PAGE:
Quasi-experimental study designs series – Paper 10: Synthesizing evidence for effects collected from quasi-experimental studies presents surmountable challenges

Betsy Jane Becker, Ariel M. Aloe, Maren Duvendack, T.D. Stanley, Jeffrey C. Valentine, Atle Fretheim, Peter Tugwell

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Objective: To outline issues of importance to analytic approaches to the synthesis of quasi-experiments (QEs), and to provide a statistical model for use in analysis.

Study Design and Setting: We drew on the literatures of statistics, epidemiology, and social-science methodology to outline methods for synthesis of QE studies. The design and conduct of quasi-experiments, effect sizes from QEs, and moderator variables for the analysis of those effect sizes were discussed.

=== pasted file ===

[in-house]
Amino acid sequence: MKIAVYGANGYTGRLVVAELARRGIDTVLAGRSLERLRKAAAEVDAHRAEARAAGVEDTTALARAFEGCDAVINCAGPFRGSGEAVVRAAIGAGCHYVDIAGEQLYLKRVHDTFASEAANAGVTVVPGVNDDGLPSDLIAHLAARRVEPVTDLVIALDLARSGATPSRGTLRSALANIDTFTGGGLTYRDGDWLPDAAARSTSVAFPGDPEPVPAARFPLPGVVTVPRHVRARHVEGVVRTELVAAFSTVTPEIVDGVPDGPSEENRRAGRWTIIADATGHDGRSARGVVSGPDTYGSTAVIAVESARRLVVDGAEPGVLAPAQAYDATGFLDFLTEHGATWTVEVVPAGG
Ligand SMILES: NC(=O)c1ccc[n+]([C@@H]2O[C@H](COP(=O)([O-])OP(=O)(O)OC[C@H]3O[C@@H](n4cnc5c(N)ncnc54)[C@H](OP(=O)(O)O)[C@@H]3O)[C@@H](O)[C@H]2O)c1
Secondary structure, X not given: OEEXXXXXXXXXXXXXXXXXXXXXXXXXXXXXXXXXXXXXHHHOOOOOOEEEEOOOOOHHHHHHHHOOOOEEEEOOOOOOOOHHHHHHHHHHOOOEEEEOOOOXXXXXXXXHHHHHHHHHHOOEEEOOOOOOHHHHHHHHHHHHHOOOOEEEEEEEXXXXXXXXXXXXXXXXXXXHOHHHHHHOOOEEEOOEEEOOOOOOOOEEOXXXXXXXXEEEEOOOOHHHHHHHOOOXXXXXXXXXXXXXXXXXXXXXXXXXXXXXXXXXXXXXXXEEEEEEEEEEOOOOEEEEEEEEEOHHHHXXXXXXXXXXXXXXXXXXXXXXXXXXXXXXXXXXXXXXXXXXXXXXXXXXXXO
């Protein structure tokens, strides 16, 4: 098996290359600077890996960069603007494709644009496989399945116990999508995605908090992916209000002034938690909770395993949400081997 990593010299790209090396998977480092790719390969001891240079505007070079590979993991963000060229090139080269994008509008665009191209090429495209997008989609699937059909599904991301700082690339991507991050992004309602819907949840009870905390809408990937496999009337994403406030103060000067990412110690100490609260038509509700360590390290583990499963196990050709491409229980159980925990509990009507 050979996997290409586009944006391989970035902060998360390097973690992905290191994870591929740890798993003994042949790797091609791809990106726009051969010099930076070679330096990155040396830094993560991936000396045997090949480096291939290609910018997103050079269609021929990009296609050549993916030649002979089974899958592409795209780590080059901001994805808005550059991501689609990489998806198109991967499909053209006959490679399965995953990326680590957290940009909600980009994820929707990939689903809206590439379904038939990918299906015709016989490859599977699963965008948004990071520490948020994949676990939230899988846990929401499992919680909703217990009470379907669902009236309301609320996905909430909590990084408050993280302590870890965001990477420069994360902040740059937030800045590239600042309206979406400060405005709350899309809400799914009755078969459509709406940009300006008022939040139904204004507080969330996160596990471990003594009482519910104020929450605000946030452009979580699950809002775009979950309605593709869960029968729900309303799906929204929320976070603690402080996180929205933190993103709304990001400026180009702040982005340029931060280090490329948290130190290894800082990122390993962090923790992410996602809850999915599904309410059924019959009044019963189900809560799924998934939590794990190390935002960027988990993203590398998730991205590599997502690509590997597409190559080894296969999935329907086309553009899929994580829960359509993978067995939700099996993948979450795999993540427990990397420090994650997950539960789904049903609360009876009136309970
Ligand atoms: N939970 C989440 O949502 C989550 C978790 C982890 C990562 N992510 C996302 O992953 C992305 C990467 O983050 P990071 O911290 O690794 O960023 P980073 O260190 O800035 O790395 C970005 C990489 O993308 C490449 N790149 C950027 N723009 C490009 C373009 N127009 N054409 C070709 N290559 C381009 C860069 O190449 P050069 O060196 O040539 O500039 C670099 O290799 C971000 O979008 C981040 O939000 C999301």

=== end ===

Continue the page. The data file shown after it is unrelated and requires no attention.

Results: Biases, confounding, design complexities and comparisons across designs offer serious challenges to syntheses of QEs. Key components of meta-analyses of QEs were identified, including the aspects of QE study design to be coded and analyzed. Of utmost importance are the design and statistical controls implemented in the QEs. Such controls and any potential sources of bias and confounding must be modeled in analyses, along with aspects of the interventions and populations studied. Because of such controls, effect sizes from QEs are more complex than those from randomized experiments. A statistical meta-regression model that incorporates important features of the QEs under review was presented.

Conclusion: Meta-analyses of quasi-experiments provide particular challenges, but thorough coding of intervention characteristics and study methods, along with careful analysis, should allow for sound inferences.
Original languageEnglish
Pages (from-to)84-91
Number of pages8
JournalJournal of Clinical Epidemiology
Early online date30 Mar 2017
Publication statusPublished - Sep 2017


  • Meta-analysis
  • quasi-experiment
  • effect size
  • risk-of-bias
  • moderator variables
  • confounding

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